Mitski has assured fans she’s not quitting music after announcing details of what will be her “last show indefinitely”.
The Dead Oceans-signed star will perform at Summerstage in New York’s Central Park on September 7, where she will be joined by support act Lucy Dacus.
Tweeting about the gig yesterday (June 4), Mitski wrote: “This will be my last show indefinitely, and I’m glad it’s ending in NY where I came up.”
When a fan responded, asking, “You’ve been on the road for what…five years?”, she replied: “Yeah. It’s time to be a human again. And have a place to live.” She also clarified that all shows she is booked to play before September will go ahead as planned.
After fans reacted to the announcement, with some mistakenly thinking the musician was retiring from music altogether, Mitski posted another message clarifying that she is only stopping touring. “Y’all, I’m not quitting music!” she said. “Me? Quit music?? I’ve been on non-stop tour for over 5years, I haven’t had a place to live during this time, & I sense that if I don’t step away soon, my self-worth/identity will start depending too much on staying in the game, in the constant churn.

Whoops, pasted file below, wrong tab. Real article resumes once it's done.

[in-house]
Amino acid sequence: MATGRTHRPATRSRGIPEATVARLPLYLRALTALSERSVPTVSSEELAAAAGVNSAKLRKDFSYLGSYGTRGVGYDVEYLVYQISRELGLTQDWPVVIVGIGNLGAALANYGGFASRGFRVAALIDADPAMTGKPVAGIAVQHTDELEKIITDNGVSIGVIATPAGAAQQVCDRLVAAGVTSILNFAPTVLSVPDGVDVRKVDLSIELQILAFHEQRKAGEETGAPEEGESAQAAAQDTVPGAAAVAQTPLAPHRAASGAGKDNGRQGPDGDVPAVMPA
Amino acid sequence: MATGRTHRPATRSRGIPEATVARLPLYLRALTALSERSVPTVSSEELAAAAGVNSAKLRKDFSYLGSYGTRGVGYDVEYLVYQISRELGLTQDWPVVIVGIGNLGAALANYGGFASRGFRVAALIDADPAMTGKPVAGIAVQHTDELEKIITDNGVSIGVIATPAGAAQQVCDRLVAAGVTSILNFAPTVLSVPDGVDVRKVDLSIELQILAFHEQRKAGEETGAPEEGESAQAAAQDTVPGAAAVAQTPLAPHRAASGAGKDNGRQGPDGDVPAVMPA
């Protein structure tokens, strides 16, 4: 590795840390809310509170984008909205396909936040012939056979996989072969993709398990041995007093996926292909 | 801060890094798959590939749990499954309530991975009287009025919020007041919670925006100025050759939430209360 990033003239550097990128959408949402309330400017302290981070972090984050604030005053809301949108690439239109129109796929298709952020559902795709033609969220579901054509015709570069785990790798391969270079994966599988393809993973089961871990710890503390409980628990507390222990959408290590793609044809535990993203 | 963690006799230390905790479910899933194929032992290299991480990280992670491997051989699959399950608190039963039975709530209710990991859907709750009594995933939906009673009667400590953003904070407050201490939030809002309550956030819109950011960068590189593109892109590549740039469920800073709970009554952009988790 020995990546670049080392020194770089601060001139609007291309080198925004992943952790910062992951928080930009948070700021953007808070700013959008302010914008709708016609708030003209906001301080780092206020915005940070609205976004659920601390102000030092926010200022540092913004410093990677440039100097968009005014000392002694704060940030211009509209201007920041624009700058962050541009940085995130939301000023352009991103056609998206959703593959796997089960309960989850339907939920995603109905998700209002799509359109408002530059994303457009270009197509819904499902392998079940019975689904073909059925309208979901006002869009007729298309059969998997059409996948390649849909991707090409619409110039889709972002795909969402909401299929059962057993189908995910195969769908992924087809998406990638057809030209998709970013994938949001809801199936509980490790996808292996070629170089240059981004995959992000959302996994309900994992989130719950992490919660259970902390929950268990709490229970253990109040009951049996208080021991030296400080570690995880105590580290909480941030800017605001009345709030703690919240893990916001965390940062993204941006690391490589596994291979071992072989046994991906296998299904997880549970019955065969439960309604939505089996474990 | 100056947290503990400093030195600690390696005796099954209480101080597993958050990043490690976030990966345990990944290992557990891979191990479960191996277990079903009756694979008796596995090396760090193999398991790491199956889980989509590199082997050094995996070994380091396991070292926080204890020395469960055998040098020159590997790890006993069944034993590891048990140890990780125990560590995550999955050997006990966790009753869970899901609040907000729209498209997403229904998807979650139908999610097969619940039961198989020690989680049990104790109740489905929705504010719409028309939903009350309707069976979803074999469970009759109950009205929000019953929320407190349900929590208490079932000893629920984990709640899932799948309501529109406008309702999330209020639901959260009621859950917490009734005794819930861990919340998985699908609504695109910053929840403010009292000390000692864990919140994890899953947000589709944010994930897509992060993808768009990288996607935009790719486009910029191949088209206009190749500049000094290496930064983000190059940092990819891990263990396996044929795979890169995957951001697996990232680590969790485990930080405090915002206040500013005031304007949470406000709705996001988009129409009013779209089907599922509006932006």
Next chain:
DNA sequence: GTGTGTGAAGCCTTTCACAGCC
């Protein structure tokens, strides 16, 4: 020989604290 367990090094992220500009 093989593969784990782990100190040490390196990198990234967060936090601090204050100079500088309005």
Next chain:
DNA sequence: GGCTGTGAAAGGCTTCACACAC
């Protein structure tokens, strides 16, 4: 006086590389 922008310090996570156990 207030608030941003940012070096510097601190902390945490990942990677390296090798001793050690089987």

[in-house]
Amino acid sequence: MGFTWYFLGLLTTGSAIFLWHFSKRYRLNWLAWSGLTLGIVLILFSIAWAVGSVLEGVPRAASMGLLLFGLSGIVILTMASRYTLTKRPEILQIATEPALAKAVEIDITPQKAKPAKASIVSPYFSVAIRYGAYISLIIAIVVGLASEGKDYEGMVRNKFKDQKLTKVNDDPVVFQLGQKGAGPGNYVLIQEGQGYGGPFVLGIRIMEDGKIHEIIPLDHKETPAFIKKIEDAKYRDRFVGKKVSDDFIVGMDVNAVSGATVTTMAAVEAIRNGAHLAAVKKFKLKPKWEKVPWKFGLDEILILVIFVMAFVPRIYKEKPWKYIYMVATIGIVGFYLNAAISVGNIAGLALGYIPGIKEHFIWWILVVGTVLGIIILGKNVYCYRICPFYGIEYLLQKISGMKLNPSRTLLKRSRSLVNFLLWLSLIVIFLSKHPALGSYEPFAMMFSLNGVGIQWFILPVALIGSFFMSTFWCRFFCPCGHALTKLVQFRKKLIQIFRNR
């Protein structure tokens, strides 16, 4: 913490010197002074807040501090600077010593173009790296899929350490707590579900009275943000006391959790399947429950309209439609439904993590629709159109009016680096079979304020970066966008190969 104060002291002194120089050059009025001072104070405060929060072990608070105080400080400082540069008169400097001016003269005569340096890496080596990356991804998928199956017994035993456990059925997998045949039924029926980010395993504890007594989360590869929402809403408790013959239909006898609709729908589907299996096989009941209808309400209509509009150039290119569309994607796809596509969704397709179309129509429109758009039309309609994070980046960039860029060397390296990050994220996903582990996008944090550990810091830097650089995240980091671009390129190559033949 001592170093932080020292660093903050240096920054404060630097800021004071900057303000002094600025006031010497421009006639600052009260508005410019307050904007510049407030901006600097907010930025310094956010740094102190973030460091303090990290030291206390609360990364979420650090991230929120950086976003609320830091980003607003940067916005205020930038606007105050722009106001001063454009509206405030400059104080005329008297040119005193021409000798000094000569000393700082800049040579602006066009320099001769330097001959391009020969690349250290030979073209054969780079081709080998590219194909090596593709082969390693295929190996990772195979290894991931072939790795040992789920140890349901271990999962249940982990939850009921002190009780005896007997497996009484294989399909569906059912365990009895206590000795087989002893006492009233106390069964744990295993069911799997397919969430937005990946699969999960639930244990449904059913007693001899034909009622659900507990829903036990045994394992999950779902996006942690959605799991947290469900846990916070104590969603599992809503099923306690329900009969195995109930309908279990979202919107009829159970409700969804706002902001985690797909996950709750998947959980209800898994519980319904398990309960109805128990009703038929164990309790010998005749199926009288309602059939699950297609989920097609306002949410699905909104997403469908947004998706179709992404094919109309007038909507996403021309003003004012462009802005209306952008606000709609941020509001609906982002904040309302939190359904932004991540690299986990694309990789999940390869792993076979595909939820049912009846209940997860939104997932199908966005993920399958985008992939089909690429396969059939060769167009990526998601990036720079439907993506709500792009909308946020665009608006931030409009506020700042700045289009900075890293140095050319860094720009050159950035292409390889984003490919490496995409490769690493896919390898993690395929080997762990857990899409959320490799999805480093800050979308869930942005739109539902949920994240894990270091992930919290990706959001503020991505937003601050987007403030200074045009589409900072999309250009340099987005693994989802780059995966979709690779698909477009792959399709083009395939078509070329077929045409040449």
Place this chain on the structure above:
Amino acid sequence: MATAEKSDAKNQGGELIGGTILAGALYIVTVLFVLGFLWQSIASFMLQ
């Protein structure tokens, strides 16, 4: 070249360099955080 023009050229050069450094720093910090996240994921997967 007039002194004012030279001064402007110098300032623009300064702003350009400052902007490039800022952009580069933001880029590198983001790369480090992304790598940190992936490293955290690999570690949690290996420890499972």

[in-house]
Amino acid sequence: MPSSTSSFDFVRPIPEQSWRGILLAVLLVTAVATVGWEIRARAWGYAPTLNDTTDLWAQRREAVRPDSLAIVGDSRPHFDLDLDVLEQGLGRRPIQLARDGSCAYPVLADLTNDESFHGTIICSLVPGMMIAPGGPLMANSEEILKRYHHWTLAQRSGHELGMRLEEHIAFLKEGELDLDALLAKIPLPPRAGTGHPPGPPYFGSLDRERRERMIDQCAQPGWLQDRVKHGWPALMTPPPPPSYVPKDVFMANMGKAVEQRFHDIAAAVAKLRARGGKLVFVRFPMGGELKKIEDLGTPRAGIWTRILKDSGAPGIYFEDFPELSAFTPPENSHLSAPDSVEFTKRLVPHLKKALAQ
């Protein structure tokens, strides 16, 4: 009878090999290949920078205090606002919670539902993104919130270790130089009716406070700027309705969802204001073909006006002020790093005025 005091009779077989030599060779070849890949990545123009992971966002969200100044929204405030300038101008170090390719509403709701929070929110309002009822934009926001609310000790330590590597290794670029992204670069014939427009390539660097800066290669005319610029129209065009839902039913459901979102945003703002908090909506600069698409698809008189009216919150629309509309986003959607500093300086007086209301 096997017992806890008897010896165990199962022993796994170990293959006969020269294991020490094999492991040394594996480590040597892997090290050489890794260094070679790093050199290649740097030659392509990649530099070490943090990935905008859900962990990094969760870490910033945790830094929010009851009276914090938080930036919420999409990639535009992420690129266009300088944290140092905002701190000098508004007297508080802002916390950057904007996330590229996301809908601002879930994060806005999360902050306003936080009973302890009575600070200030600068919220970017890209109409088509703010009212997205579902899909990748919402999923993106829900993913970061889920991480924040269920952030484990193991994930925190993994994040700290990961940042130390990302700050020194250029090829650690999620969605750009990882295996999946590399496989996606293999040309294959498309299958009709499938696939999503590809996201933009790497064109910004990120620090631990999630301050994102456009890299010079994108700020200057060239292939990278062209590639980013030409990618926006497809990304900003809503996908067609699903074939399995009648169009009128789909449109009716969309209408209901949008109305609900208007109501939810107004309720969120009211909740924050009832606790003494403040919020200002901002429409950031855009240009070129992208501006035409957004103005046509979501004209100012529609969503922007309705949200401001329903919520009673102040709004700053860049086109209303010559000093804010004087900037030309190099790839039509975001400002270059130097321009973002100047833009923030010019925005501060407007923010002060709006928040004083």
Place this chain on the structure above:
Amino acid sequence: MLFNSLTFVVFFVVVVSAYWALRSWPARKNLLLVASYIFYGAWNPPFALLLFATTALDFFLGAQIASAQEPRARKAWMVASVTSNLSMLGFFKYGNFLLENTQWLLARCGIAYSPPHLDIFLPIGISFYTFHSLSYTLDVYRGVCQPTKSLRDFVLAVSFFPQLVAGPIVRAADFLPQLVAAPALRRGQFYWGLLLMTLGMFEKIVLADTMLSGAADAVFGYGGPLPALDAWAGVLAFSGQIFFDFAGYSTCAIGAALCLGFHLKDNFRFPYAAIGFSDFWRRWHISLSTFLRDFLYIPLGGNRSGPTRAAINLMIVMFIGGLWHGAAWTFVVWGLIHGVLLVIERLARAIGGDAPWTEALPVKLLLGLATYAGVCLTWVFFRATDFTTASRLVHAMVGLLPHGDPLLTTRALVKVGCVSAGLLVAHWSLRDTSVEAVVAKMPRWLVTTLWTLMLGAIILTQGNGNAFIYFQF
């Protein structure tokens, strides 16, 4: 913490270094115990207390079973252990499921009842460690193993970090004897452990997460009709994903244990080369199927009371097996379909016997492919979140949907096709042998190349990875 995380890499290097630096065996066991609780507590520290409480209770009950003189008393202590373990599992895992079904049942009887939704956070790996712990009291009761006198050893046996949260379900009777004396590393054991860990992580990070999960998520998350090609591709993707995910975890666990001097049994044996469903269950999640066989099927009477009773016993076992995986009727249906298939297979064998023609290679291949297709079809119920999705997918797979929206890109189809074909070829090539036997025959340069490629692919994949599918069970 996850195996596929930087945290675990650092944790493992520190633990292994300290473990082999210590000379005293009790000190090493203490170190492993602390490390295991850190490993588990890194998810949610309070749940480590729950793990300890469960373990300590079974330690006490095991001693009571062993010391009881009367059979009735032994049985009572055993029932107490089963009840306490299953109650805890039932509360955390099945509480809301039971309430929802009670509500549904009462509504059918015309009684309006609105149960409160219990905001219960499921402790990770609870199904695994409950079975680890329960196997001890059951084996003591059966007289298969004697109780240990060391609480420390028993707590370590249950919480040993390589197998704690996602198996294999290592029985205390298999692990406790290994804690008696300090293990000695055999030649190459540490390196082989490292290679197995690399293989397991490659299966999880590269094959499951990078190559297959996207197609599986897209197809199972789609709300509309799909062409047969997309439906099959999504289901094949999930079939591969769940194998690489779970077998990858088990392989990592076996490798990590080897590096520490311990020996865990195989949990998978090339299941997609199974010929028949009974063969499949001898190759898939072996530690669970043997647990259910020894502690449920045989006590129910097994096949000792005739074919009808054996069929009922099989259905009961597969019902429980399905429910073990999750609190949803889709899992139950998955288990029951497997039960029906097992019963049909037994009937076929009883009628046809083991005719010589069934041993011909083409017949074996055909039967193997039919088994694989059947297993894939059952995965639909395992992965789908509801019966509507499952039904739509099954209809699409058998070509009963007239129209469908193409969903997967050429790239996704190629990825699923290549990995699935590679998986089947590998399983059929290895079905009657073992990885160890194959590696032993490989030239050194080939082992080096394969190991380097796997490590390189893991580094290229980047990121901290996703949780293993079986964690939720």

“I don’t want to make art like that, especially when you’re offering your valuable time and hearts and money to it. So I hope you’ll have me back whenever that is, or if I start over then I start over. Thank you so much for all your support!”
Tickets for the New York gig will go on general sale at 10am EDT on Friday (June 7) and will be available to purchase from Mitski’s official website.
Earlier this year, the musician responded after her fans accused Mac Demarco of “copying” her on his album, ‘Here Comes The Cowboy’. Mitski’s latest album, released in 2018, is titled ‘Be The Cowboy’. The two records also both featured singles called ‘Nobody’.
“I’m 100% sure Mac & I just went fishing in the same part of the collective unconscious!” Mitski responded on Twitter. “What’s wild is we have the same PR, so I LOVE my personal conspiracy theory that she heard the album+track titles but kept quiet thinking maybe some Mac fans will mistakenly find me loll.”
In a four-star review of ‘Be The Cowboy’, NME wrote: “On her fifth record, the American-Japanese songwriter conducts grander musical theatrics and tacks an abstract self-portrait to the wall. We hear seemingly personal confessions of toxic love on and plenty of starkly comic truths, but the album is full of other voices or, indeed, dramatisations of the 27-year-old’s personality.”